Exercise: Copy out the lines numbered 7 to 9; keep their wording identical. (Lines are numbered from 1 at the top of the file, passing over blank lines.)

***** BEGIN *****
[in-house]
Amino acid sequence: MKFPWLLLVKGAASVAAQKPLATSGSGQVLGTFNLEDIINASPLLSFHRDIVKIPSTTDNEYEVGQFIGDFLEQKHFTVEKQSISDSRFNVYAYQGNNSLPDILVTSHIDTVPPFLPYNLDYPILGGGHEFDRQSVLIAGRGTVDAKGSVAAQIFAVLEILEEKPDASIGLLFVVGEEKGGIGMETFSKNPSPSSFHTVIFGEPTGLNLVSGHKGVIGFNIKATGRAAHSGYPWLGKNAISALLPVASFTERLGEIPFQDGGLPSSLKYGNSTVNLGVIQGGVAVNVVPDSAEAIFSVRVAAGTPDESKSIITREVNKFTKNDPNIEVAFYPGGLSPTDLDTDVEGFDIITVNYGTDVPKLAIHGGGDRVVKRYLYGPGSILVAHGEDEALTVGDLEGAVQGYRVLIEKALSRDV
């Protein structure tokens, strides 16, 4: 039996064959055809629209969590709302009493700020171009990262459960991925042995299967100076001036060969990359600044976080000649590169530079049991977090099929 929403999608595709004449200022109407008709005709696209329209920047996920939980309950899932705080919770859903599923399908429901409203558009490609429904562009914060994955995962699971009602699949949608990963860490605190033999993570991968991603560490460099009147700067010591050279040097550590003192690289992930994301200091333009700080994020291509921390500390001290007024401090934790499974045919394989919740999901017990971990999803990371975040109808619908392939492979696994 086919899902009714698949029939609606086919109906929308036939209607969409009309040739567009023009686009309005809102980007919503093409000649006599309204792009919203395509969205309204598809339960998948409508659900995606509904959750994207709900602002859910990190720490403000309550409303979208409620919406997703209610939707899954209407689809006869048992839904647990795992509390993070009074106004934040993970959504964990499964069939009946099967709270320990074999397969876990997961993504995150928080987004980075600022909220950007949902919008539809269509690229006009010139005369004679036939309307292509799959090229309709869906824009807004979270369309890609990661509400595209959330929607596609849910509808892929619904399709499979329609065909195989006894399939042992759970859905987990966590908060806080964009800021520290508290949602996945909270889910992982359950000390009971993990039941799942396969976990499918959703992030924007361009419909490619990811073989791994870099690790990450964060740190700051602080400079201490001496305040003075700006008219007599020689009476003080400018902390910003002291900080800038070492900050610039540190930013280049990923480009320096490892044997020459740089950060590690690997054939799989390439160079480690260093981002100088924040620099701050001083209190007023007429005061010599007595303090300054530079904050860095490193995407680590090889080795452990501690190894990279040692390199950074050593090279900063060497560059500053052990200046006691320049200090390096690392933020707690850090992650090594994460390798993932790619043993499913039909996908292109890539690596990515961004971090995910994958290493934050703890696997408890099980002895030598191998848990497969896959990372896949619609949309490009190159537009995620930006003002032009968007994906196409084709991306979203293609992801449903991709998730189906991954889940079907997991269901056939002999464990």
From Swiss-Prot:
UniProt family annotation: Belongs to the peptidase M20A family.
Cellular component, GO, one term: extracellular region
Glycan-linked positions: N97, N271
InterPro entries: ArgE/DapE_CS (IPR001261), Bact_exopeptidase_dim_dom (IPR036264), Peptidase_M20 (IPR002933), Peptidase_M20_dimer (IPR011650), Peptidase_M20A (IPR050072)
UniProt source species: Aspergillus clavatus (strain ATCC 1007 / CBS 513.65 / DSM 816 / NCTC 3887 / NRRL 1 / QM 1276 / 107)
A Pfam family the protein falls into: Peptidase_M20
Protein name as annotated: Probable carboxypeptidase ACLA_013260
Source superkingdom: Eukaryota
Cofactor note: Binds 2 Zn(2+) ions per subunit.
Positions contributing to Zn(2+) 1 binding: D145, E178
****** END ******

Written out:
Glycan-linked positions: N97, N271
InterPro entries: ArgE/DapE_CS (IPR001261), Bact_exopeptidase_dim_dom (IPR036264), Peptidase_M20 (IPR002933), Peptidase_M20_dimer (IPR011650), Peptidase_M20A (IPR050072)
UniProt source species: Aspergillus clavatus (strain ATCC 1007 / CBS 513.65 / DSM 816 / NCTC 3887 / NRRL 1 / QM 1276 / 107)